Now review Luke’s version of the mustard seed parable:
6 He replied, “If you have faith as small as a mustard seed, you can say to this mulberry tree, ‘Be uprooted and planted in the sea,’ and it will obey you. (the NIV)
Picture yourself the first day of school: the teacher! You have put up the wall decorations, drawn out a seating chart and written in the names of the students. Some are brand new so no one has given you any background on the. Some are long time family names and you are sure you have heard about that one. Some are simply ghost images in the mind and only meeting them will give an idea of their potential.
The first day of school there is nervousness, but the teacher knows that once the kids start talking about Johnny Appleseed, they will settle down and fall into place, especially after the apple snack planned for a treat. The kids will turn expectantly to the teacher and want to learn more.
Quite a delightful scenario, but the scene is seldom picture perfect. The concern then becomes how to make each one of those students—the seeds of our culture—fulfill their potential. Teachers, even if not publically professing faith, have faith. Faith in each and every student entering the classroom is critical if teachers are to plant and nurture him or her to maturity and fruit bearing begins.
Returning to Johnny Appleseed’s story we find a much more depth in the historical record of his life than in the folktale. John Chapman is the historical figure who began planting apple orchards in the Midwestern states east of the Mississippi River. His approach is a bit different as he really exemplifies the early American businessman.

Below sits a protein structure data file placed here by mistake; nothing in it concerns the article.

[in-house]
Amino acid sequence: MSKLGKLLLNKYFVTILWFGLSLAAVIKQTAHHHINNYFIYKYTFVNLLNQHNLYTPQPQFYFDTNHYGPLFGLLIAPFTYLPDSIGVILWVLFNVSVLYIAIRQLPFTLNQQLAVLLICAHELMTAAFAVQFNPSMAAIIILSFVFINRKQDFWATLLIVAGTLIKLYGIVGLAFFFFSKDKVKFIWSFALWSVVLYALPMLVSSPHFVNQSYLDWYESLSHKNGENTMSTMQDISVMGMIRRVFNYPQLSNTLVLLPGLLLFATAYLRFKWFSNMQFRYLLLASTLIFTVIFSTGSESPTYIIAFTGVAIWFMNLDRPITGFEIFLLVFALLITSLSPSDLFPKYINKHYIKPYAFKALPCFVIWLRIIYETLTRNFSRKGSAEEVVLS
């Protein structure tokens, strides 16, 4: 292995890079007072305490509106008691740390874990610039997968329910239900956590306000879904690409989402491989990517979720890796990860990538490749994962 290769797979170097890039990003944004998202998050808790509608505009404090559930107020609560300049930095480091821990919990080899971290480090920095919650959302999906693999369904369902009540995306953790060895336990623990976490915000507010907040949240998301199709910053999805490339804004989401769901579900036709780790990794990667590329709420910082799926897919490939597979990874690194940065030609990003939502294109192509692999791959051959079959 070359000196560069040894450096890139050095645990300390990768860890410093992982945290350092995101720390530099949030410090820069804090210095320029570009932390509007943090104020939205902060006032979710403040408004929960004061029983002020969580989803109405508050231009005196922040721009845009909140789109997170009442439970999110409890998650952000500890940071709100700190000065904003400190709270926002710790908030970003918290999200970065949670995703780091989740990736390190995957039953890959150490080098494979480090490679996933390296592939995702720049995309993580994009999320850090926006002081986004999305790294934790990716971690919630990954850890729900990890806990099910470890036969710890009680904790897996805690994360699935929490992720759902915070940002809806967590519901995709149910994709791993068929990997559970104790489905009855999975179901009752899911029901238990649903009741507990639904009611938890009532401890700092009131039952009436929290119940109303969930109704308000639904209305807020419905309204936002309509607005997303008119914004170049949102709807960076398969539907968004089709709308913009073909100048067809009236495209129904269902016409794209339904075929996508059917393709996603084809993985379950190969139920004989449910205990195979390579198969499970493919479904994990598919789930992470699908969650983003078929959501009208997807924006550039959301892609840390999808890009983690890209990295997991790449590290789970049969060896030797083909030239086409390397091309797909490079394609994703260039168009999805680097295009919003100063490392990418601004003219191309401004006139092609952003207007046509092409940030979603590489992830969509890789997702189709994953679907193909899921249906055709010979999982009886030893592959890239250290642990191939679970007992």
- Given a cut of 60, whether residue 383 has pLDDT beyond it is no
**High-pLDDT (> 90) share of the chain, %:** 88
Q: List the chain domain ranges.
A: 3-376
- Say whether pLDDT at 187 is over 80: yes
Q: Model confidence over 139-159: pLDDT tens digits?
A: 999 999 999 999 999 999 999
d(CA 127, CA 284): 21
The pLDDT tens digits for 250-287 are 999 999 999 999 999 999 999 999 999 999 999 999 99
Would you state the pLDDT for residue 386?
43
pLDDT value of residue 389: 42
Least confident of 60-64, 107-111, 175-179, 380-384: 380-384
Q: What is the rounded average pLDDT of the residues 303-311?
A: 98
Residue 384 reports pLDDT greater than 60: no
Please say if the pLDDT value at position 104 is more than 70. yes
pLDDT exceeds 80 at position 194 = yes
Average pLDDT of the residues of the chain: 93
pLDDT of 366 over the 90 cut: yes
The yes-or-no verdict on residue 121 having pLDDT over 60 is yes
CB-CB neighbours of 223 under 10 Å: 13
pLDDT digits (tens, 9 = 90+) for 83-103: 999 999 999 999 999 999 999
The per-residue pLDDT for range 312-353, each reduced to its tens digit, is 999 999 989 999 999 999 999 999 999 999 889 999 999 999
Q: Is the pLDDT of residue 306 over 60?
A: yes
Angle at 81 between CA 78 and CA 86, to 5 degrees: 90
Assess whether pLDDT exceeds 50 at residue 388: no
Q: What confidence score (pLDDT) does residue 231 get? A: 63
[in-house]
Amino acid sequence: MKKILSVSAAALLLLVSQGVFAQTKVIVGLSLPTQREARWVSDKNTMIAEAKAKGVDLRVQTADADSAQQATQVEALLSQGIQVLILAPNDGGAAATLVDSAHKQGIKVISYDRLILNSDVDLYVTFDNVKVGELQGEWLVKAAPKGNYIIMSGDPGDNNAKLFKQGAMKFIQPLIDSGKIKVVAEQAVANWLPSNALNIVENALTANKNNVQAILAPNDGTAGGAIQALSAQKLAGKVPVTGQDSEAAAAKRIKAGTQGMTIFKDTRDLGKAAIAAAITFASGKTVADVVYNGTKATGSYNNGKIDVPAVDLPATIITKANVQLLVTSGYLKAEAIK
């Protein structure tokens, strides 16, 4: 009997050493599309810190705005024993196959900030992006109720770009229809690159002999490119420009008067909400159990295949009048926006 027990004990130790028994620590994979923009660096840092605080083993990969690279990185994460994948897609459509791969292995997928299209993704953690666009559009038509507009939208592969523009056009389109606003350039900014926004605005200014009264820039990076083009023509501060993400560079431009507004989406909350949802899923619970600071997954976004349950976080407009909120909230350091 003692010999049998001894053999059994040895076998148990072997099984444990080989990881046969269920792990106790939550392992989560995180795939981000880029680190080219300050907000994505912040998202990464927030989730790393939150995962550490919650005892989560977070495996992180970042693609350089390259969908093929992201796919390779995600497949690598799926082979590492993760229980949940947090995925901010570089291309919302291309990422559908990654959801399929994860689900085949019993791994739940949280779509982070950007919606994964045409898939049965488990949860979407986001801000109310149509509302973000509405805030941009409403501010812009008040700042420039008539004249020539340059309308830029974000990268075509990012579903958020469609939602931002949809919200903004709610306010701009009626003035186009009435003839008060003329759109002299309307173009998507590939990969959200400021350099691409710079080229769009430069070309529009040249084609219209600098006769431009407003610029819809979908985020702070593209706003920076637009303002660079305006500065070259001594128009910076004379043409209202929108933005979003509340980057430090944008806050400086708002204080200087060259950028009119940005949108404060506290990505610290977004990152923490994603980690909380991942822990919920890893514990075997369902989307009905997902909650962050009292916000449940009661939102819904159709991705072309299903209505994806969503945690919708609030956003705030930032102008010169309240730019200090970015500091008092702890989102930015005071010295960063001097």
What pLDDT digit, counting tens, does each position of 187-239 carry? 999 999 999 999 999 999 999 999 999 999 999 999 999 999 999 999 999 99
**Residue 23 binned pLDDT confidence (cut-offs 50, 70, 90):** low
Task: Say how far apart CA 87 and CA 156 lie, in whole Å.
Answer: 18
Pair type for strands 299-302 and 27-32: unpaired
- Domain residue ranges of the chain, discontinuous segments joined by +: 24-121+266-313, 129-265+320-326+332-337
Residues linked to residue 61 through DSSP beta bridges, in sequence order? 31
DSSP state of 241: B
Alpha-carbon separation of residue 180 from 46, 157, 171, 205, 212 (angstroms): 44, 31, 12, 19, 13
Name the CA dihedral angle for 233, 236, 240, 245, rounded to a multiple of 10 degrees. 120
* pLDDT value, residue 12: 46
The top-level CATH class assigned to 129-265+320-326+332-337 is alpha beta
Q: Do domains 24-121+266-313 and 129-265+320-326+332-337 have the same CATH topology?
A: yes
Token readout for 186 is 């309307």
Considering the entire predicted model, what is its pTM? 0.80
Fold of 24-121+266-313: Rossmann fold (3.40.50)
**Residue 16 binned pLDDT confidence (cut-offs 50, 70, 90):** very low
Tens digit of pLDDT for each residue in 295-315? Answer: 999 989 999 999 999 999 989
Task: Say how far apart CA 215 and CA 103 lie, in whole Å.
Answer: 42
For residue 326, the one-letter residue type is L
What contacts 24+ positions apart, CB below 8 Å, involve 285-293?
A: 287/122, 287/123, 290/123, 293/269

He actually would walk west, purchase land, plant an apple orchard, hire a caretaker, and move on to do the same thing over again and again. He would return once every year or two to check on the orchard’s progress, collect the financial prophets, and pay the caretakers. Leaving to continue his mission.
As school begins this year, teachers are meeting students and deciding how best to meet their needs. They may not be making business decisions, but the results of the year will provide the business leaders of the future. Growing apple trees is a time investment, teaching young people is, too. The faith we have in God is the seed, but our lives are just like the apple trees.
In today’s scripture, Luke 17:7-10, Jesus adds to the mustard seed parable and provides additional guidance in growing our faith. We are each a type of Johnny Appleseed. We are each teachers. We are each the fruit of the trees, too.
Growing our faith is producing the richest crop possible. It is a crop that provides the most exquisite returns. The process must survive the years of drought and the years of flooding. The growth in faith may have insects try to destroy it, but with proper attention the insects can be destroyed. The hail may fall and strip the plants of leaves, but faith will let new leaves grow.
Johnny Appleseed knew that planting for the future would be a fruitful investment. Teachers know that teaching the youth is preparing for the future. Christians know that faith is a seed that will produce rewards. But a seed, as faith, cannot grow if it is untended. How fruitful do we want our personal faith to be? Do we want to be remembered as Johnny Appleseed, or do we want to be known as a shriveled up twig that fails to thrive?
Dear Heavenly Father,
You are the planter giving us a start.
You are the gardener tending to our hearts.
Shower upon us the goodness of the rain.
Shine upon us the glory of Your Son.
Support us during the storms
Feed us with words of encouragement.
You are the teacher giving us a start.
You are the schools tending to our youth.
Share with us the knowledge we need.
Demonstrate the way we are to live.
Make us accountable for rowdy behaviors.
Award us when we do well in our studies.
We strive to be a Johnny Appleseed of faith.
Take this tiny seed of faith within us
And teach us how to grow it to maturity
And to graduate into your heavenly world. –Amen